It has been too long since I rose to greet the dawn.
It began while living in England, my ritual of stepping outside to engage in a silent, brief meditation in the early morning light. A conscious communion with the fleeting moment that is no longer night but not yet day, a time of opposites balanced as one. For several years, whether living in the green English countryside, or amid the sunny olive groves of Andalucía on the Mediterranean, or ‘upcountry’ on the eucalyptus-draped mountainside of Haleakalā on Maui, I embraced the dawn.
No matter the season, several days a week—whenever I rose early enough to do so—I stepped outside our front door and walked into the soft, pastel light to stand and listen. Breathe. Stretch. Bundled up in England, often naked in Spain and Maui, I offered prayers of gratitude and listened to the soft sounds of wind in the trees or the dawn chorus, each thing celebrating and echoing the Song of the World. A moment when everything is awake. Holy.
It was a beautiful, soul nourishing ritual for me, the perfect way to begin any day. Dawn, as with dusk, is an aperture to the soul and an invocation of spirit. Being outside in the early morning offered a centering, grounding pause before the day’s details swept me away in the demands, details and occasional challenges of daily living. It granted a chance to remember my secret name—the one that only the wind knows—and the dreamworld that enfolds me in haunting images and soulful riddles. Who was I before I awoke to the dawn?
It’s a ritual that I miss.
I’ve just returned from a few days on Kaua‛i, visiting that lovely isle with my partner (along with a friend from England and her new mate). As we usually do when on the Garden Isle, we stayed in the charming guest cottage—the Ti House—of our dear friends on the North Shore, who are ever the gracious hosts. Tucked down at the bottom of their magical, terraced garden and overlooking the Anini Stream, it’s the perfect, rustic hideaway and retreat for the soul. (I filmed a recent introductory video for my website there.)
Whenever I am fortunate enough to stay in the charming little Ti House, listening to the soft sounds of tropical rain on the roof and the singing voice of the stream below, I sleep as I once used to—contentedly and deep, as if resting in the arms of the Earth Mother, herself.
The moon was full during our visit, her incandescent light illuminating the night with soft, silvery energy that added to the magic of that emerald, tropic isle. On the final morning of our stay, I woke in the predawn hours—a semi-brightness of cascading moonlight accompanied by the sounds of palm fronds swaying clackity clack in the breeze—and could not return to sleep.
Go out and greet the dawn, said a small, familiar voice in my head.
I lay there for a few minutes, feeling too comfortable to get up. Finally, I tossed back the light blanket and emerged from the canopy of mosquito netting that drapes the bed. Quietly so as to not wake my partner, I pulled on some shorts, opened the screen door, and stepped outside into the wet grass. Inhaling deeply, I wriggled my toes down into the thick, green carpet and raised my hands to the heavens in a gentle, welcome stretch.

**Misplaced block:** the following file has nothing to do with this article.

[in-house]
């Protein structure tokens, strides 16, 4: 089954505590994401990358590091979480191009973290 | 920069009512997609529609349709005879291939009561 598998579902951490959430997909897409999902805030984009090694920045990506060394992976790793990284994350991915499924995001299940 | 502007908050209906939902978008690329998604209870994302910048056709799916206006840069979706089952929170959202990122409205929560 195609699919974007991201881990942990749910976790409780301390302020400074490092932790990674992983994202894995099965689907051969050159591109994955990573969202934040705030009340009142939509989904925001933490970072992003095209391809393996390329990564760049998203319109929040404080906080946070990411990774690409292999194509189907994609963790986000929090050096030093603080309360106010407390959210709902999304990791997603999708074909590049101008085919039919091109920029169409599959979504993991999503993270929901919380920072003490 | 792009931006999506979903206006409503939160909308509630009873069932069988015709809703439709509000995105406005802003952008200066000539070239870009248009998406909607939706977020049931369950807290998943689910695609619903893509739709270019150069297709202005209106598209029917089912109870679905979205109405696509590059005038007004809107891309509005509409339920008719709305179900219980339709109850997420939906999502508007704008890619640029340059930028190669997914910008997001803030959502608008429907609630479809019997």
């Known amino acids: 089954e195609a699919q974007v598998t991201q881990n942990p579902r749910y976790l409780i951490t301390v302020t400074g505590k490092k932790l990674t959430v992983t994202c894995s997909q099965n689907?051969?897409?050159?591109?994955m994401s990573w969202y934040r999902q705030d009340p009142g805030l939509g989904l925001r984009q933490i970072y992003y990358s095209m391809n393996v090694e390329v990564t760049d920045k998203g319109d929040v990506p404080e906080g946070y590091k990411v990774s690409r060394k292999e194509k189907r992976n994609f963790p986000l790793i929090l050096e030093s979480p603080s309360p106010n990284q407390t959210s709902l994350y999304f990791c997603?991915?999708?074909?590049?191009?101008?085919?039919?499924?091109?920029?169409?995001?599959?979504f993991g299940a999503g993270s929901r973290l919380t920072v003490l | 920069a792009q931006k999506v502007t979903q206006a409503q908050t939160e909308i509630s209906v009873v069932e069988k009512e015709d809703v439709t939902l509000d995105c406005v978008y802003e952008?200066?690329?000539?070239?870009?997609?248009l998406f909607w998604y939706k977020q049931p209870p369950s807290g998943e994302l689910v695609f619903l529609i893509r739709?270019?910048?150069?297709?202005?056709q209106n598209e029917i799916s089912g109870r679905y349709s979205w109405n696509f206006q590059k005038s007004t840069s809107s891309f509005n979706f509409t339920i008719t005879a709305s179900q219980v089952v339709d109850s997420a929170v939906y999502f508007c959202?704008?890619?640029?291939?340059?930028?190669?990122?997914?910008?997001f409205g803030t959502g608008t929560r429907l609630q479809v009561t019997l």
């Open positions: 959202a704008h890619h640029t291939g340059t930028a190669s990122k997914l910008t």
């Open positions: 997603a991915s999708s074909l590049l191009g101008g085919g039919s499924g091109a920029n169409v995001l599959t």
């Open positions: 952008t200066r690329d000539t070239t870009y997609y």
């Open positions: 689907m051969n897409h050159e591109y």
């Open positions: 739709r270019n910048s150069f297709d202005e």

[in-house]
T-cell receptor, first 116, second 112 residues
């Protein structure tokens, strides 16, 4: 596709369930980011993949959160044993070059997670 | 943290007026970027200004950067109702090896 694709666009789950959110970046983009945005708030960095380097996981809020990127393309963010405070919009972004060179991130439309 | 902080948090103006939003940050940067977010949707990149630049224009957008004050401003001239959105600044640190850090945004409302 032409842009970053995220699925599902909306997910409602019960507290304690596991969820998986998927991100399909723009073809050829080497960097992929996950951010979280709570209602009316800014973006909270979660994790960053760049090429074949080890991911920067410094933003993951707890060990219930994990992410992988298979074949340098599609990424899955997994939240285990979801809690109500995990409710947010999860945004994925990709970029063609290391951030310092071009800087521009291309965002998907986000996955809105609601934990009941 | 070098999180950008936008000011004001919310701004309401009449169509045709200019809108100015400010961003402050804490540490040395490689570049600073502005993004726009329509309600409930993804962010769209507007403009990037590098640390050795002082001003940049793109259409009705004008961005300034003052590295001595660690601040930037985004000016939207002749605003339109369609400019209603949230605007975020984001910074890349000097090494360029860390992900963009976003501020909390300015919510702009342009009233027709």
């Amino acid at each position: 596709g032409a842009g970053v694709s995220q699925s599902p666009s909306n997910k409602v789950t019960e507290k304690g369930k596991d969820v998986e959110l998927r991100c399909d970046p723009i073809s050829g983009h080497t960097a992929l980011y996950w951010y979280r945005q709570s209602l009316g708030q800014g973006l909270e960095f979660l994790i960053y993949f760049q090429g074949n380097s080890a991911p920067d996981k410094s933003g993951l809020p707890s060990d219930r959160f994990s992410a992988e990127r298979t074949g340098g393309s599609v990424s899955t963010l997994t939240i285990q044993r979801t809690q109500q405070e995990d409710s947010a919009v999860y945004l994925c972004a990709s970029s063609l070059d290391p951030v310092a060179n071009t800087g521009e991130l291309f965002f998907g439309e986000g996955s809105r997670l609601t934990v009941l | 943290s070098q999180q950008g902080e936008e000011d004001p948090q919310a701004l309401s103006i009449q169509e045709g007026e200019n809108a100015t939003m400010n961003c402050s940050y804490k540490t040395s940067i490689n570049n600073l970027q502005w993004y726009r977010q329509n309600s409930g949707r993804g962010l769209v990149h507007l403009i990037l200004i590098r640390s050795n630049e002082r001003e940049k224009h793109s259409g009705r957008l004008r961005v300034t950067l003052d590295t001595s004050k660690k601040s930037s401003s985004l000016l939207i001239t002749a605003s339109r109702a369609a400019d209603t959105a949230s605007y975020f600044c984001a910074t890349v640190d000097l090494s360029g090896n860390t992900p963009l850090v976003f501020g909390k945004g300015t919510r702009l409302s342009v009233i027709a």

To the east, the bright morning star of Venus hovered like a glistening diamond above the silhouetted palm trees; in the west, the moon still floated like a luminous pearl. The sky is adorned with jewels, I mused, and everywhere—in every breath—is my Beloved, waiting for me.
A soft breeze dancing on my exposed skin, I surrendered to some gentle movement to waken and enliven my body still tight from sleeping. Around me the garden began to rouse to the morning, as well. As the crickets’ timeless symphony faded, a concerto of cooing mourning doves, twittering little birds, and brassy mynahs began their daily ensemble. Feral chickens on the adjacent property clucked and crowed their comments, accompanied by the song of the stream and a susurration of wind in the gently swaying tree branches.
Everything is awake. Holy.
Barefoot, I wander up the zigzagging paths of the wet garden terraces to the main house, the warm air heady with scents of ylang ylang, plumeria, and ripening fruit. I will have a breakfast smoothie and then roam the property further or go for a morning walk up the road, though it’s only five-thirty in the morning.
Crossing the wet lawn, I notice the sound of honeybees in the palm trees above me. I stop a few times to observe the industrious golden workers already busily at work on the long spikes of creamy palm flowers. Several colonies of bees are kept on the neighboring property—a botanical garden—and ‘the girls’, as I call them, are everywhere on our friends’ flowering trees and shrubs. Having sadly relinquished my own hive of honeybees in the move to suburban O’ahu, it fills me with a deep joy—and sad longing—to be around these remarkable winged alchemists of nature. I miss them dearly, and always stop to observe and talk to them whenever I encounter a bee on my walks (or anywhere). Hola, preciosa, I say.